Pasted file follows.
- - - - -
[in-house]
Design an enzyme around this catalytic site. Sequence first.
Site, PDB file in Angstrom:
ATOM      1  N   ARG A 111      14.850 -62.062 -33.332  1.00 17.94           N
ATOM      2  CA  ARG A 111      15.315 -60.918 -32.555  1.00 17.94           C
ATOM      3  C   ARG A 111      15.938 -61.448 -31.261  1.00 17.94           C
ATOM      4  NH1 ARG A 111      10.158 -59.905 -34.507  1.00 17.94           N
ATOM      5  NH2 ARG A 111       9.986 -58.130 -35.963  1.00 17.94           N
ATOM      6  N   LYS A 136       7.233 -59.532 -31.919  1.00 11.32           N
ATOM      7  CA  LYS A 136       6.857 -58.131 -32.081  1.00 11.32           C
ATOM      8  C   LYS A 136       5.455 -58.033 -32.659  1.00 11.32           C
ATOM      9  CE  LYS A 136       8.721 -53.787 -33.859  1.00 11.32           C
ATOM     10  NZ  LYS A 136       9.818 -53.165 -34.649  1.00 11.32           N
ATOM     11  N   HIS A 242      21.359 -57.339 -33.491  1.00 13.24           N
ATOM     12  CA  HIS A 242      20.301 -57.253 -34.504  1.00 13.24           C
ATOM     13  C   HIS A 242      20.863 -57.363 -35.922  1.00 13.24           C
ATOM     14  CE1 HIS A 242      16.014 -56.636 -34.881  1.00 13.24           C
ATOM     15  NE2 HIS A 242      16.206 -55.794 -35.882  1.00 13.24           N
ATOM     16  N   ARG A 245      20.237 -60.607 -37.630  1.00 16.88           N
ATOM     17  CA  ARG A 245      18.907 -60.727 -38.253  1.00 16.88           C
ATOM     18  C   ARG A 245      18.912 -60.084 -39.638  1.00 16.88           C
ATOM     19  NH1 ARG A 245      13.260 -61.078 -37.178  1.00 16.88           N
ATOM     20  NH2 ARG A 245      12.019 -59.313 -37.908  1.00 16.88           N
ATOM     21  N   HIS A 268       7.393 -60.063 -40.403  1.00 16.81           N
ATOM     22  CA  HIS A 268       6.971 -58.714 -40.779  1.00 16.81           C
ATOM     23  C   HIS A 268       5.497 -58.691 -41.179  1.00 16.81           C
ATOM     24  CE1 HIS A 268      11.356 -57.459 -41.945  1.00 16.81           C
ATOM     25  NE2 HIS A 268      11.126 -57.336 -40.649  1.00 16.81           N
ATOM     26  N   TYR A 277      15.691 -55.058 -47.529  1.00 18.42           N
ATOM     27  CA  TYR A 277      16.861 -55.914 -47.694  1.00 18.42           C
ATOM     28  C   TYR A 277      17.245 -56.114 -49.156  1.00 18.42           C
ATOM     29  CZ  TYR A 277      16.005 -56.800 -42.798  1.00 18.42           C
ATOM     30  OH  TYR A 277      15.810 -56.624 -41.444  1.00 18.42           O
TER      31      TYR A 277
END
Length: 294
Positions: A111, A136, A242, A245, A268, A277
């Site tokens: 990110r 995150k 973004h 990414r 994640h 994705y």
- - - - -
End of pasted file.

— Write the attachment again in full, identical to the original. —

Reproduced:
[in-house]
Design an enzyme around this catalytic site. Sequence first.
Site, PDB file in Angstrom:
ATOM      1  N   ARG A 111      14.850 -62.062 -33.332  1.00 17.94           N
ATOM      2  CA  ARG A 111      15.315 -60.918 -32.555  1.00 17.94           C
ATOM      3  C   ARG A 111      15.938 -61.448 -31.261  1.00 17.94           C
ATOM      4  NH1 ARG A 111      10.158 -59.905 -34.507  1.00 17.94           N
ATOM      5  NH2 ARG A 111       9.986 -58.130 -35.963  1.00 17.94           N
ATOM      6  N   LYS A 136       7.233 -59.532 -31.919  1.00 11.32           N
ATOM      7  CA  LYS A 136       6.857 -58.131 -32.081  1.00 11.32           C
ATOM      8  C   LYS A 136       5.455 -58.033 -32.659  1.00 11.32           C
ATOM      9  CE  LYS A 136       8.721 -53.787 -33.859  1.00 11.32           C
ATOM     10  NZ  LYS A 136       9.818 -53.165 -34.649  1.00 11.32           N
ATOM     11  N   HIS A 242      21.359 -57.339 -33.491  1.00 13.24           N
ATOM     12  CA  HIS A 242      20.301 -57.253 -34.504  1.00 13.24           C
ATOM     13  C   HIS A 242      20.863 -57.363 -35.922  1.00 13.24           C
ATOM     14  CE1 HIS A 242      16.014 -56.636 -34.881  1.00 13.24           C
ATOM     15  NE2 HIS A 242      16.206 -55.794 -35.882  1.00 13.24           N
ATOM     16  N   ARG A 245      20.237 -60.607 -37.630  1.00 16.88           N
ATOM     17  CA  ARG A 245      18.907 -60.727 -38.253  1.00 16.88           C
ATOM     18  C   ARG A 245      18.912 -60.084 -39.638  1.00 16.88           C
ATOM     19  NH1 ARG A 245      13.260 -61.078 -37.178  1.00 16.88           N
ATOM     20  NH2 ARG A 245      12.019 -59.313 -37.908  1.00 16.88           N
ATOM     21  N   HIS A 268       7.393 -60.063 -40.403  1.00 16.81           N
ATOM     22  CA  HIS A 268       6.971 -58.714 -40.779  1.00 16.81           C
ATOM     23  C   HIS A 268       5.497 -58.691 -41.179  1.00 16.81           C
ATOM     24  CE1 HIS A 268      11.356 -57.459 -41.945  1.00 16.81           C
ATOM     25  NE2 HIS A 268      11.126 -57.336 -40.649  1.00 16.81           N
ATOM     26  N   TYR A 277      15.691 -55.058 -47.529  1.00 18.42           N
ATOM     27  CA  TYR A 277      16.861 -55.914 -47.694  1.00 18.42           C
ATOM     28  C   TYR A 277      17.245 -56.114 -49.156  1.00 18.42           C
ATOM     29  CZ  TYR A 277      16.005 -56.800 -42.798  1.00 18.42           C
ATOM     30  OH  TYR A 277      15.810 -56.624 -41.444  1.00 18.42           O
TER      31      TYR A 277
END
Length: 294
Positions: A111, A136, A242, A245, A268, A277
């Site tokens: 990110r 995150k 973004h 990414r 994640h 994705y």